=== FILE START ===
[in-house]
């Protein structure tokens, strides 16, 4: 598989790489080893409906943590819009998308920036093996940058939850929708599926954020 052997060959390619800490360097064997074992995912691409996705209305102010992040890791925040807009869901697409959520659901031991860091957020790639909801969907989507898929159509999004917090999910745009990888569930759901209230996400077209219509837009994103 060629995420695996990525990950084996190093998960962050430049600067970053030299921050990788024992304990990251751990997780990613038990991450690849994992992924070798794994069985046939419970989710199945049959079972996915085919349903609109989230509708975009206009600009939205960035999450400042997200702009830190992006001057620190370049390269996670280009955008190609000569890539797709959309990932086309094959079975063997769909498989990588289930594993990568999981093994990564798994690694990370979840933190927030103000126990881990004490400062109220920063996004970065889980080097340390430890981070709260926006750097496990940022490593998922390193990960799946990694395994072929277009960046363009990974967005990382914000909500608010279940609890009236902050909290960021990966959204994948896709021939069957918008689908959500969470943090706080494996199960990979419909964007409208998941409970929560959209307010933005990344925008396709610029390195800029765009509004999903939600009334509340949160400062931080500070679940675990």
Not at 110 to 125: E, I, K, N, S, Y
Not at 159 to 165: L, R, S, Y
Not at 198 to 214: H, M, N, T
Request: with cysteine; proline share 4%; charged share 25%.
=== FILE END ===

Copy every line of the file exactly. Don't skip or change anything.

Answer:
[in-house]
């Protein structure tokens, strides 16, 4: 598989790489080893409906943590819009998308920036093996940058939850929708599926954020 052997060959390619800490360097064997074992995912691409996705209305102010992040890791925040807009869901697409959520659901031991860091957020790639909801969907989507898929159509999004917090999910745009990888569930759901209230996400077209219509837009994103 060629995420695996990525990950084996190093998960962050430049600067970053030299921050990788024992304990990251751990997780990613038990991450690849994992992924070798794994069985046939419970989710199945049959079972996915085919349903609109989230509708975009206009600009939205960035999450400042997200702009830190992006001057620190370049390269996670280009955008190609000569890539797709959309990932086309094959079975063997769909498989990588289930594993990568999981093994990564798994690694990370979840933190927030103000126990881990004490400062109220920063996004970065889980080097340390430890981070709260926006750097496990940022490593998922390193990960799946990694395994072929277009960046363009990974967005990382914000909500608010279940609890009236902050909290960021990966959204994948896709021939069957918008689908959500969470943090706080494996199960990979419909964007409208998941409970929560959209307010933005990344925008396709610029390195800029765009509004999903939600009334509340949160400062931080500070679940675990």
Not at 110 to 125: E, I, K, N, S, Y
Not at 159 to 165: L, R, S, Y
Not at 198 to 214: H, M, N, T
Request: with cysteine; proline share 4%; charged share 25%.